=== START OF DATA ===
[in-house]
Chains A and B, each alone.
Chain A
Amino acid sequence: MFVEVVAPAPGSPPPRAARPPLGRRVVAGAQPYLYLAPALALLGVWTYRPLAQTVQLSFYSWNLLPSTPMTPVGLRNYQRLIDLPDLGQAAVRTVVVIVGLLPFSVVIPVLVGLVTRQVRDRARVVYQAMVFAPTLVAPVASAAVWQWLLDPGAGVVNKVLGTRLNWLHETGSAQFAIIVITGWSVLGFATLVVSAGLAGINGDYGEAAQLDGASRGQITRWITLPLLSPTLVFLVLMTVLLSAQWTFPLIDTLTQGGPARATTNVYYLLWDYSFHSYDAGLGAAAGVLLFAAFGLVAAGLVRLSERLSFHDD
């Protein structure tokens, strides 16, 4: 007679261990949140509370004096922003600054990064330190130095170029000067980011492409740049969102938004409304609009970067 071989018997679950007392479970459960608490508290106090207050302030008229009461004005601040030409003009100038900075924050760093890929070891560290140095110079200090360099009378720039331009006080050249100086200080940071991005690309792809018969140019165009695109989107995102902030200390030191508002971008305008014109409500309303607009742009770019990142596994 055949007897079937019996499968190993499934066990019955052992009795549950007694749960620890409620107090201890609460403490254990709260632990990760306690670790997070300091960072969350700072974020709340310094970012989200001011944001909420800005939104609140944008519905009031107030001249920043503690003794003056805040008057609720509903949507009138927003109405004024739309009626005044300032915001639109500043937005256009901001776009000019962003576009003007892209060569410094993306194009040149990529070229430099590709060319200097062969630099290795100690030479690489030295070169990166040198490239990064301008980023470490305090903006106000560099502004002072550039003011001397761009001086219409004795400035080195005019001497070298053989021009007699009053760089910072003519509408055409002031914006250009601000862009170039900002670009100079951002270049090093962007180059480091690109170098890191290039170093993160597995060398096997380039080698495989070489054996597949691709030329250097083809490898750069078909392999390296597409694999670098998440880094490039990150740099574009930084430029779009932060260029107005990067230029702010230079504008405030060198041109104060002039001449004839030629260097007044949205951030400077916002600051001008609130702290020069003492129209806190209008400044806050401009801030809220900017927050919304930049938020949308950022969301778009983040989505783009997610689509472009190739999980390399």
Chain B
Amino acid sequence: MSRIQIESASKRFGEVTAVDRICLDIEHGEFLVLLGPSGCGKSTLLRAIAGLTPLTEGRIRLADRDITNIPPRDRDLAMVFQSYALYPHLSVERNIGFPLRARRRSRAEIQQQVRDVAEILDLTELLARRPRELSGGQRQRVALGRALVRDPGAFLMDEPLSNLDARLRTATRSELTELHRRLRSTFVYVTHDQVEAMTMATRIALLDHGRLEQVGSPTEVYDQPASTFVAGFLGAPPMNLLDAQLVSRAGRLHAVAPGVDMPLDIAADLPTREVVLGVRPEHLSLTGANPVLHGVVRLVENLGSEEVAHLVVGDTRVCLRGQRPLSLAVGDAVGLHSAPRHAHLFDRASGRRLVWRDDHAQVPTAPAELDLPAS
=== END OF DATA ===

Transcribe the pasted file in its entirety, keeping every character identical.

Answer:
[in-house]
Chains A and B, each alone.
Chain A
Amino acid sequence: MFVEVVAPAPGSPPPRAARPPLGRRVVAGAQPYLYLAPALALLGVWTYRPLAQTVQLSFYSWNLLPSTPMTPVGLRNYQRLIDLPDLGQAAVRTVVVIVGLLPFSVVIPVLVGLVTRQVRDRARVVYQAMVFAPTLVAPVASAAVWQWLLDPGAGVVNKVLGTRLNWLHETGSAQFAIIVITGWSVLGFATLVVSAGLAGINGDYGEAAQLDGASRGQITRWITLPLLSPTLVFLVLMTVLLSAQWTFPLIDTLTQGGPARATTNVYYLLWDYSFHSYDAGLGAAAGVLLFAAFGLVAAGLVRLSERLSFHDD
């Protein structure tokens, strides 16, 4: 007679261990949140509370004096922003600054990064330190130095170029000067980011492409740049969102938004409304609009970067 071989018997679950007392479970459960608490508290106090207050302030008229009461004005601040030409003009100038900075924050760093890929070891560290140095110079200090360099009378720039331009006080050249100086200080940071991005690309792809018969140019165009695109989107995102902030200390030191508002971008305008014109409500309303607009742009770019990142596994 055949007897079937019996499968190993499934066990019955052992009795549950007694749960620890409620107090201890609460403490254990709260632990990760306690670790997070300091960072969350700072974020709340310094970012989200001011944001909420800005939104609140944008519905009031107030001249920043503690003794003056805040008057609720509903949507009138927003109405004024739309009626005044300032915001639109500043937005256009901001776009000019962003576009003007892209060569410094993306194009040149990529070229430099590709060319200097062969630099290795100690030479690489030295070169990166040198490239990064301008980023470490305090903006106000560099502004002072550039003011001397761009001086219409004795400035080195005019001497070298053989021009007699009053760089910072003519509408055409002031914006250009601000862009170039900002670009100079951002270049090093962007180059480091690109170098890191290039170093993160597995060398096997380039080698495989070489054996597949691709030329250097083809490898750069078909392999390296597409694999670098998440880094490039990150740099574009930084430029779009932060260029107005990067230029702010230079504008405030060198041109104060002039001449004839030629260097007044949205951030400077916002600051001008609130702290020069003492129209806190209008400044806050401009801030809220900017927050919304930049938020949308950022969301778009983040989505783009997610689509472009190739999980390399």
Chain B
Amino acid sequence: MSRIQIESASKRFGEVTAVDRICLDIEHGEFLVLLGPSGCGKSTLLRAIAGLTPLTEGRIRLADRDITNIPPRDRDLAMVFQSYALYPHLSVERNIGFPLRARRRSRAEIQQQVRDVAEILDLTELLARRPRELSGGQRQRVALGRALVRDPGAFLMDEPLSNLDARLRTATRSELTELHRRLRSTFVYVTHDQVEAMTMATRIALLDHGRLEQVGSPTEVYDQPASTFVAGFLGAPPMNLLDAQLVSRAGRLHAVAPGVDMPLDIAADLPTREVVLGVRPEHLSLTGANPVLHGVVRLVENLGSEEVAHLVVGDTRVCLRGQRPLSLAVGDAVGLHSAPRHAHLFDRASGRRLVWRDDHAQVPTAPAELDLPAS